Wednesday, September 19, 2007

The Phantom of the Opera

This charming man was starring in the film i saw this evening. A horror film from 1925, directed by Rupert Julian; The Phantom of the Opera.

Normally i don't watch films older than 15 years - yes, u can throw stones at me because of this -, but this one was shown in the Palace of Arts, whats more, Thierry Escaich supplied the background music during the show: live organ improvisation.

Well, the word 'background' music is not really apt in this case, as the music was as gripping as the film itself. Or even more. The advantage of listening to concert while watching a film is that it is guaranteed that u concentrate on the show. U r forced to it if u like. Sometimes i get distracted by my thoughts if I listen to a gig, especially if it's a solo improvisation, but if the story is on the screen, ur attention is always occupied. At the same time this is the drawback as well: I really like using my imagination, letting the music evoke feelings and thoughts in me, figuring out what the musician is trying to tell me. In this show the message was in front of my eyes.

Nonetheless, Escaich perfectly caught every moment and used effects to raise tension, his music created a special atmosphere, completely matching every action in the film. In other words, Escaich resonated with the film. It was very interesting to observe him with one eye how he synchronises his play with the film.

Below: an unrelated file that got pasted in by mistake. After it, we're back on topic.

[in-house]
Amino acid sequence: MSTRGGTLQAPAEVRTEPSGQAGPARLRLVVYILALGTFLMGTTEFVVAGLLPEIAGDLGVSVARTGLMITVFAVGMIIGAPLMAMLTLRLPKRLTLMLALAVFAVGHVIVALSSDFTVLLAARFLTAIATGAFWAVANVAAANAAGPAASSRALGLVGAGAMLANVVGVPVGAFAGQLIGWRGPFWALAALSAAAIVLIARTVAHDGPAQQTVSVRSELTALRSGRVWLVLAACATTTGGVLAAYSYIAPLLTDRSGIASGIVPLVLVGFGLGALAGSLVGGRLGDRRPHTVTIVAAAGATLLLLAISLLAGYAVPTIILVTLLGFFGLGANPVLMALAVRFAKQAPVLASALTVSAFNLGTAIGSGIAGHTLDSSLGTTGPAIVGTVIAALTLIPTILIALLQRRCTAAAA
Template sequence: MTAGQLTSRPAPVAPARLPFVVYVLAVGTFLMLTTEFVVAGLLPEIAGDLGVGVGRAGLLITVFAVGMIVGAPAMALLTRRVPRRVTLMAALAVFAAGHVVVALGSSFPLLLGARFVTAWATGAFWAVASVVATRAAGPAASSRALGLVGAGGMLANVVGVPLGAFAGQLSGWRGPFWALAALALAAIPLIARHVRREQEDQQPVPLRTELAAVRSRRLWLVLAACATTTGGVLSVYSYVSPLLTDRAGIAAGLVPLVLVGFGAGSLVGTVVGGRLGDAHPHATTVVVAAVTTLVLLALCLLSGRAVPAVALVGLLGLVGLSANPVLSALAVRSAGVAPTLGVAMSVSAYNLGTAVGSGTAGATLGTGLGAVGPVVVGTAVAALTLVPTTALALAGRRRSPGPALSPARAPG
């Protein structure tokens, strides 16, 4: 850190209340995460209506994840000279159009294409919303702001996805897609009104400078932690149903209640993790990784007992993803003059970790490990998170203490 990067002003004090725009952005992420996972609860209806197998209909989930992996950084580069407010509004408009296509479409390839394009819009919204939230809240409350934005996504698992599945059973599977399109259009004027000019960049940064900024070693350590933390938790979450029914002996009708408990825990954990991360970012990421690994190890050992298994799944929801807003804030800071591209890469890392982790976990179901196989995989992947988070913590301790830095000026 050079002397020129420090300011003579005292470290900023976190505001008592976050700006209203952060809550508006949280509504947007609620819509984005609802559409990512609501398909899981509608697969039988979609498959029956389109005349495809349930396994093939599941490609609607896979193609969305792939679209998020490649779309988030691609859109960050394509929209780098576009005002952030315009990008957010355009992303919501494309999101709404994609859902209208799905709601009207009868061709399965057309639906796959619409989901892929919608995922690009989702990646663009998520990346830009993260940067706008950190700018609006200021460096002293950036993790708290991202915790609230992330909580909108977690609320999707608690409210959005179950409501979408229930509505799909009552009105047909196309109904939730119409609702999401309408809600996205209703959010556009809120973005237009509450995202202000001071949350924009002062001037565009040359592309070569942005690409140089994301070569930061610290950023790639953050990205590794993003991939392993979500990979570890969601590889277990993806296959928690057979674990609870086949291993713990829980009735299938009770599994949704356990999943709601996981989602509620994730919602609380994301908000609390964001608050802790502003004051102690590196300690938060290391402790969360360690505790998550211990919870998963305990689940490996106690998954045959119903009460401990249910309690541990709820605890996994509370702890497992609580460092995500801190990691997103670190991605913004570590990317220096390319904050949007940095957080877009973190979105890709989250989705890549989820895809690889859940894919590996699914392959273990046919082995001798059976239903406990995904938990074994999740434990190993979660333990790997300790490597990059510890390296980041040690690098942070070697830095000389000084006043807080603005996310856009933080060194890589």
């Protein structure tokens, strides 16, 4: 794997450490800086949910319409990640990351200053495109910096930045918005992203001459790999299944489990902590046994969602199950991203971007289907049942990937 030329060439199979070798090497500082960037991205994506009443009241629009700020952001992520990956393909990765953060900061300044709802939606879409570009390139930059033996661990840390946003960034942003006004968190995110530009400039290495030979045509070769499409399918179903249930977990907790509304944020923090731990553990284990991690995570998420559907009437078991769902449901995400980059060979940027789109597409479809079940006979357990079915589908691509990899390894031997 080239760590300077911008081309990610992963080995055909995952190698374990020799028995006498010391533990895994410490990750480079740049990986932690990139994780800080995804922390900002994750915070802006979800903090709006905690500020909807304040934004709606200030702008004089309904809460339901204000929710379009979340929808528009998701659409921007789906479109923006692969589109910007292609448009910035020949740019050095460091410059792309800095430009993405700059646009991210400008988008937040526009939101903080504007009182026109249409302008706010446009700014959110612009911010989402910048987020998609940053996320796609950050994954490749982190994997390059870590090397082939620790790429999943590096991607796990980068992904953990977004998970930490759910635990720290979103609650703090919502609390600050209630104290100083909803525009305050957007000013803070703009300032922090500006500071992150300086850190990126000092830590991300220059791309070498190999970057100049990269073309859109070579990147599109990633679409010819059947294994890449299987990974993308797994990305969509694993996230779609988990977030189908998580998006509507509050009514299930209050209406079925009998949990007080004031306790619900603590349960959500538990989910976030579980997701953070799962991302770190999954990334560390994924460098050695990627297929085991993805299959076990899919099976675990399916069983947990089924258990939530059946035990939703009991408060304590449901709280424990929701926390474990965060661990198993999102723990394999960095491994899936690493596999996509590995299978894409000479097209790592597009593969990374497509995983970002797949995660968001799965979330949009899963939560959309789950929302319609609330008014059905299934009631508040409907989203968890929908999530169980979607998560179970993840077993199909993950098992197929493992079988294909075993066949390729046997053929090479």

The film was an interesting experience as well. Firstly, because i've seen the musical version of The Phantom a few years ago, which i enjoyed very much. However, it was a completely different experience, even the story was quite different. This film, being a horror film of that time, lacks almost every scent of romance, whereas in the musical version - according to my memories - the Phantom manages to raise sympathy in Christine towards him.

Anyhow, a 1925 horror film in 2007 makes the audience laugh sometimes. I mean the effects and scenes that are meant to scare the viewer. The threshold of sensation certainly rose in the last couple of decades because unlike a horror film is supposed to be today, it never made me frightened, not even excited. I was watching it as a work of art, as it was. A co-production of arts.

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